But there’s no possibility of that style of luck with God. Or that kind of reshaping of the facts. Though not included in the Bible like the Patriarch’s lives, He knows the life of every living thing. How could he not? “[O]f him, and through him, and to him, are all things: to whom be glory for ever. Amen.” (Romans 11:36)
Not only did he speak the universe into existence, Jesus keeps this whole thing existing with the word of His power (Hebrews 1:3). If Jesus but removed his upholding word, all of this would be gone. How could he be unaware of that which is totally inside that which he makes to exist? God is not the author of sin, but for now he does allow it to happen in his creation. He could make the heart that is about to hate his brother fail. He could make the hand that is about to strike dissolve. Every thieving hand has been reliant on the power of God for its continued existence even as it stole, insulting its maker. Every blasphemy breathed out, was only able to be said because God at the moment granted a breath to that man. Every evil thought is only possible because God upholds the minds of men in existence.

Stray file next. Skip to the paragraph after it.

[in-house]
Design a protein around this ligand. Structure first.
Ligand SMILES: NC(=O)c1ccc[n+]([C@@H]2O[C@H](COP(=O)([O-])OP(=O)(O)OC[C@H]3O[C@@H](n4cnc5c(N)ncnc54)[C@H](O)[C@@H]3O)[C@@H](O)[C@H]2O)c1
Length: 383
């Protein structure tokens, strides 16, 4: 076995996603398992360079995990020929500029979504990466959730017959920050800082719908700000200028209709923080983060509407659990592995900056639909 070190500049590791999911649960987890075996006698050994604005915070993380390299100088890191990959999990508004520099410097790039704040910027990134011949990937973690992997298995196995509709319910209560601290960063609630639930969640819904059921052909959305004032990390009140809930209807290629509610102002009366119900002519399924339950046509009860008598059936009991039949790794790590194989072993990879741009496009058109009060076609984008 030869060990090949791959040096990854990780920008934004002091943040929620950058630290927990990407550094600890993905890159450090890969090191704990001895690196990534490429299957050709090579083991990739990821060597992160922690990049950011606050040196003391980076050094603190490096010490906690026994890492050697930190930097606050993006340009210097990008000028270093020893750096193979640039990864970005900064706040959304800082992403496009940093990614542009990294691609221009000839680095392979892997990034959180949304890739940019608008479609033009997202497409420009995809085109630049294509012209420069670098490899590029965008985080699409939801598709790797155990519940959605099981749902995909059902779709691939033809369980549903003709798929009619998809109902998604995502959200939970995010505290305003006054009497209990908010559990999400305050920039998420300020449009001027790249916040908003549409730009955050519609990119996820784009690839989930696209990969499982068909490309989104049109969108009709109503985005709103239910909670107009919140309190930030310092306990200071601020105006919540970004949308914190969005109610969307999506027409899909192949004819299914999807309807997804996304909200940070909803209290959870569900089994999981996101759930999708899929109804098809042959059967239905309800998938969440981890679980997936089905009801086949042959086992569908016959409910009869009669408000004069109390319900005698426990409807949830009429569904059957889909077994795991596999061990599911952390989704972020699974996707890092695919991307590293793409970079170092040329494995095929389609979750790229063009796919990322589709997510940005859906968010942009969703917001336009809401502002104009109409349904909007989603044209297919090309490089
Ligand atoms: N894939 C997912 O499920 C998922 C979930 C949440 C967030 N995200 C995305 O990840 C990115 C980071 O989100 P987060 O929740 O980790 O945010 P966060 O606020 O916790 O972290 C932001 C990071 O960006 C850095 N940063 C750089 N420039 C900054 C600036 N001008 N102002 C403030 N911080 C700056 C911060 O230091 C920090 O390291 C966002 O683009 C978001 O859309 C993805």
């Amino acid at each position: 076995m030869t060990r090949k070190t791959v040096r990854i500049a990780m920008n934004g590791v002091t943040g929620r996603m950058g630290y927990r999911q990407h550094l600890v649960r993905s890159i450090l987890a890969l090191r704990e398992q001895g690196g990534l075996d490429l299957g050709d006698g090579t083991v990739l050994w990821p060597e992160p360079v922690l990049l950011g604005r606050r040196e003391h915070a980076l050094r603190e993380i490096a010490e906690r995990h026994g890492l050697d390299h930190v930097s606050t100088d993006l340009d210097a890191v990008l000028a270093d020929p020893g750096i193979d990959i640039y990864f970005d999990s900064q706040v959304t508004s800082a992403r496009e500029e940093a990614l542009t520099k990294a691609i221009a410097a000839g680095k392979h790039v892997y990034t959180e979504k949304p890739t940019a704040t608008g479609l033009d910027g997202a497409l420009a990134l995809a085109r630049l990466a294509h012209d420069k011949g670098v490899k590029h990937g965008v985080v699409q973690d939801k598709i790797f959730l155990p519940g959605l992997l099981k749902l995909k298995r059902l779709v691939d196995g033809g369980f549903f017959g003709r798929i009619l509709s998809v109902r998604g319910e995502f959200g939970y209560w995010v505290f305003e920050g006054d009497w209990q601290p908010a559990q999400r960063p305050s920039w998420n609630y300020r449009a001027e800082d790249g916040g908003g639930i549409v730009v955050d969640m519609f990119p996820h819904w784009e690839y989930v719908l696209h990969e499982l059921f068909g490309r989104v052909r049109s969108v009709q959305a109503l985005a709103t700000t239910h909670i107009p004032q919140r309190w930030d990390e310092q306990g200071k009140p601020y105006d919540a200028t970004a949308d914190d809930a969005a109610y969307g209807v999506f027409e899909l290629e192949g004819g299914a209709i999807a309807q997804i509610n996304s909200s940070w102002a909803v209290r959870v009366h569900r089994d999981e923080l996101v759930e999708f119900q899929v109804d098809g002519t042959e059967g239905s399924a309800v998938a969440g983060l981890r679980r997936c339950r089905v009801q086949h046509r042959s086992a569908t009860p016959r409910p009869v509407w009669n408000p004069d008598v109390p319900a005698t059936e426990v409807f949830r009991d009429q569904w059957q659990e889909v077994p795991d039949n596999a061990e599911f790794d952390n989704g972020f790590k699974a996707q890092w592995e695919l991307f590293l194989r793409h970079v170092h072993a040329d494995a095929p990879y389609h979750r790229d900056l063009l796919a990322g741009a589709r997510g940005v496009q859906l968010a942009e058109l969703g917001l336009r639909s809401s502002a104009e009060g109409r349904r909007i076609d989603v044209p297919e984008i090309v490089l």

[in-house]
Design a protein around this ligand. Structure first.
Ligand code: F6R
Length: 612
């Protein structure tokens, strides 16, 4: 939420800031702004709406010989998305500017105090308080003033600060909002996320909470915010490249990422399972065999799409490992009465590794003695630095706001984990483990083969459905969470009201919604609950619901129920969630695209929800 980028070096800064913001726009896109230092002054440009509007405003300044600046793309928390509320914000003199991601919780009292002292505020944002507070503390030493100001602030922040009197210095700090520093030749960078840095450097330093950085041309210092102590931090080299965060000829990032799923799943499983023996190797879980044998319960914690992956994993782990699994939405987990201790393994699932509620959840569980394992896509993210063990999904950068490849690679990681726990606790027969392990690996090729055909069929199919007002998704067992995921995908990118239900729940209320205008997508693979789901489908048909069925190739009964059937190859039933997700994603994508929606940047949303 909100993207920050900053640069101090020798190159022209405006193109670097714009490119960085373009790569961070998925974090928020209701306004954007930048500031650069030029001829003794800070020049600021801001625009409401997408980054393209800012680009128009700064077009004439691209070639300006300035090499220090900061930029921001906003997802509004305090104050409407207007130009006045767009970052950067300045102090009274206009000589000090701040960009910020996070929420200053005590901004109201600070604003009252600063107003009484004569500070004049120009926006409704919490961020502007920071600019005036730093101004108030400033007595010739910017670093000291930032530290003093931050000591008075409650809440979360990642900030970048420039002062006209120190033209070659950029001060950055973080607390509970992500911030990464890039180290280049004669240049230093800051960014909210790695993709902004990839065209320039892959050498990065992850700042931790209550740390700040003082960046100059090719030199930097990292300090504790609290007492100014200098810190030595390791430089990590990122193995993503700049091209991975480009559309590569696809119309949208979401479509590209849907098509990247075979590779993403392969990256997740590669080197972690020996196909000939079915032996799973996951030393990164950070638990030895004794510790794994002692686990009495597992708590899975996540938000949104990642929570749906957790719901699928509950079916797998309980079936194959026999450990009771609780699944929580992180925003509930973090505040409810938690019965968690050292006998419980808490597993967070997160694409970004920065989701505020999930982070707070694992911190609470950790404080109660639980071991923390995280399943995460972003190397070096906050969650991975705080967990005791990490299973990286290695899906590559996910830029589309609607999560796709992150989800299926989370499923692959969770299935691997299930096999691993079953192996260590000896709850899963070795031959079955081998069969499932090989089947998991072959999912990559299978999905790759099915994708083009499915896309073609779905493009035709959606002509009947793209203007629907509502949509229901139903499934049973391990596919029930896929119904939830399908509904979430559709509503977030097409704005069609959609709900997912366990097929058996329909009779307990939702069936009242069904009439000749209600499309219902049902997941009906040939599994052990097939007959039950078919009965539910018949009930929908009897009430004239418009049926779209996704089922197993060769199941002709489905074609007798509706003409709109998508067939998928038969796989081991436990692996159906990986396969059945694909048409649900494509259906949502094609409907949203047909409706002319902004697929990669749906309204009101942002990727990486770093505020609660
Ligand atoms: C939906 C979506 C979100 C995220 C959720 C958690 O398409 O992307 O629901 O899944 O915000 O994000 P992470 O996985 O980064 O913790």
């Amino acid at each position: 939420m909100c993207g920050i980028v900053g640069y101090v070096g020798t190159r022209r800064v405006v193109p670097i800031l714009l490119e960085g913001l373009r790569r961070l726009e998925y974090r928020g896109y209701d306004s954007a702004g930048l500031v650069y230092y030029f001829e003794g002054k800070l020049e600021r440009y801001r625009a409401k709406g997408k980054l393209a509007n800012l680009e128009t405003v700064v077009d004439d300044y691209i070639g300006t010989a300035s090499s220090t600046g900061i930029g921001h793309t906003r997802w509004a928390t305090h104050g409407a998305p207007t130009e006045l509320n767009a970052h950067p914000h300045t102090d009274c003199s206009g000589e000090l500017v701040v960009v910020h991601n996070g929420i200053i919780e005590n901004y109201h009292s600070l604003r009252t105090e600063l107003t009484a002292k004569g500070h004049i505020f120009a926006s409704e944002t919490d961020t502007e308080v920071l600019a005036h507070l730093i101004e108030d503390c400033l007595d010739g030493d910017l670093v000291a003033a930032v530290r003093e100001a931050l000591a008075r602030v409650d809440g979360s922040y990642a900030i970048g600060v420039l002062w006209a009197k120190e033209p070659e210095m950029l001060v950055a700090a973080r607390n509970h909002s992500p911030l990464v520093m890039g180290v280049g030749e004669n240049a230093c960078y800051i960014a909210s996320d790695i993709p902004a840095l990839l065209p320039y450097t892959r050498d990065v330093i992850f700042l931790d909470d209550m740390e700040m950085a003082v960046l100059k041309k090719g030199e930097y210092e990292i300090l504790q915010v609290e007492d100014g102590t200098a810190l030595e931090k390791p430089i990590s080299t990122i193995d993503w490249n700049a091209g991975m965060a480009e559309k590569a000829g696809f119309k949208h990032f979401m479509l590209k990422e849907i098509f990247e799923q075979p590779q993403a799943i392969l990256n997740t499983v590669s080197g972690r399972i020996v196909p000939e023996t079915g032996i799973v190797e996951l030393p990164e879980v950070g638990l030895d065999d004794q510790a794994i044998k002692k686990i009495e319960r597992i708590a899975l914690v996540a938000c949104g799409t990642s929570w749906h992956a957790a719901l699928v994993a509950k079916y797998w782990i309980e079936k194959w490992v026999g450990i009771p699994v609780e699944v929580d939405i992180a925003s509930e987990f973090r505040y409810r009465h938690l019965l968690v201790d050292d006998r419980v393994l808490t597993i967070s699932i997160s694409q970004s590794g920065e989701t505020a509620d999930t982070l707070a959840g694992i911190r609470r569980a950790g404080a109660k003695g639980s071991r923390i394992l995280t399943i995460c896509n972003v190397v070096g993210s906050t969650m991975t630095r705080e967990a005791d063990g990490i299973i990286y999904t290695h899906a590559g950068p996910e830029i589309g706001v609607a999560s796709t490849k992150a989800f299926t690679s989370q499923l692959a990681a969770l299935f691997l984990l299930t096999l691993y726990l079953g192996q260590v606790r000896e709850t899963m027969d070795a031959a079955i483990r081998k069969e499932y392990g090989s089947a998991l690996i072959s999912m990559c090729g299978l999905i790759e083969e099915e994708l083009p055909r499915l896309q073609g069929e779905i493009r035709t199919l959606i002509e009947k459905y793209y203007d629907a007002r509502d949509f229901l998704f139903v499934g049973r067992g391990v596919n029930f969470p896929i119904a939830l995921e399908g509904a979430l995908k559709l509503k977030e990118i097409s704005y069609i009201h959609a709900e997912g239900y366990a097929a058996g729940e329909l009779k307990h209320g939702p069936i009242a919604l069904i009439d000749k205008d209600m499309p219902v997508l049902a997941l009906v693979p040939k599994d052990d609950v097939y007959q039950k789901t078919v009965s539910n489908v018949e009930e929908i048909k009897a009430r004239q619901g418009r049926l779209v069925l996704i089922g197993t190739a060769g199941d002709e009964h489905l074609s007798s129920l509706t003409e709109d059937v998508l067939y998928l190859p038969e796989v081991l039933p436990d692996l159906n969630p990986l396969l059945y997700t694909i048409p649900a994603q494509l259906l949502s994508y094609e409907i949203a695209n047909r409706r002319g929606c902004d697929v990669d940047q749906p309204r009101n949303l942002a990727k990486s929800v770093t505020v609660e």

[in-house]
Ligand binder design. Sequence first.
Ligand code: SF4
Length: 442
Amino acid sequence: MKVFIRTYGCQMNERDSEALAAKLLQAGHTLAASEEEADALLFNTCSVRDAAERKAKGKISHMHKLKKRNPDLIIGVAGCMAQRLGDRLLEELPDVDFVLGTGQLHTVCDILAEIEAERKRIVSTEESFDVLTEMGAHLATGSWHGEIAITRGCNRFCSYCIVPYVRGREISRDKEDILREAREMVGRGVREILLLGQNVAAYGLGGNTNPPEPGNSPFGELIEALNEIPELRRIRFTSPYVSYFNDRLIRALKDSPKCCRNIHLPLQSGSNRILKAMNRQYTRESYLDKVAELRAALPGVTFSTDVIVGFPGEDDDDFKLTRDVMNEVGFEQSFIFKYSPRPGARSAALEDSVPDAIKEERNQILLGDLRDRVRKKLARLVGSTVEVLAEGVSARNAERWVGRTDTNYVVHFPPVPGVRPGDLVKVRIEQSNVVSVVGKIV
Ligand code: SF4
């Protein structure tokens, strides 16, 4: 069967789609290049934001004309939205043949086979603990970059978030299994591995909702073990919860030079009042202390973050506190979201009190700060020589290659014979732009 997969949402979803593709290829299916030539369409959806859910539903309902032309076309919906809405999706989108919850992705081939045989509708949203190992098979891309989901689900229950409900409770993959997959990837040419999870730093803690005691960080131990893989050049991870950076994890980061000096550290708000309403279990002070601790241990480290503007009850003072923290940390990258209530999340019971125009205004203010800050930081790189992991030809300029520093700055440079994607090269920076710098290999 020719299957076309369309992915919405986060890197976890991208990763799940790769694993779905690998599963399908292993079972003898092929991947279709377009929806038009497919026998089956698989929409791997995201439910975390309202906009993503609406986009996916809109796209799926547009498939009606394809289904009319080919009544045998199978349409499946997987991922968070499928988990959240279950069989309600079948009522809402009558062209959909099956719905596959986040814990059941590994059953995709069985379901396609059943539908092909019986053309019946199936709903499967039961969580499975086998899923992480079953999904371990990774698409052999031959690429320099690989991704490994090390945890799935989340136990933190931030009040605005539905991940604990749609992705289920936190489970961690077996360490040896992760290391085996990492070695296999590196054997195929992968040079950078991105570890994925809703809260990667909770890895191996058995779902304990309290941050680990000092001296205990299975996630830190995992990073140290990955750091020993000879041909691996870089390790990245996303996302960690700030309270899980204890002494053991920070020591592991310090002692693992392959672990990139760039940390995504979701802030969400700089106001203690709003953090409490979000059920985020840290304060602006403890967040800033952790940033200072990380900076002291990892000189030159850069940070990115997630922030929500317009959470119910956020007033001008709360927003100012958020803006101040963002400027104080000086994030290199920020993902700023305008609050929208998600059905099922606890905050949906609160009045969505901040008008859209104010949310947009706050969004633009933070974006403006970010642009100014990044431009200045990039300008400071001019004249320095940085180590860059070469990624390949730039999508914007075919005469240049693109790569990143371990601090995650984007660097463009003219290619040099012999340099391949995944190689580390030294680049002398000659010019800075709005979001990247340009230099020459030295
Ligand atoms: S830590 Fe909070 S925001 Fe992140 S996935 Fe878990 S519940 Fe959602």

How could he not be aware of every point of our lives for “In him we live, and move, and have our being”? (Acts 17:28) Such knowledge is too wonderful for me, as David said –
“O LORD, thou hast searched me, and known me. Thou knowest my downsitting and mine uprising, thou understandest my thought afar off. Thou compassest my path and my lying down, and art acquainted with all my ways. For there is not a word in my tongue, but, lo, O LORD, thou knowest it altogether.Thou hast beset me behind and before, and laid thine hand upon me. Such knowledge is too wonderful for me; it is high, I cannot attain unto it.”
Oh, how should be in awe the One who knows all our ways and at whose presence the mountains flow down!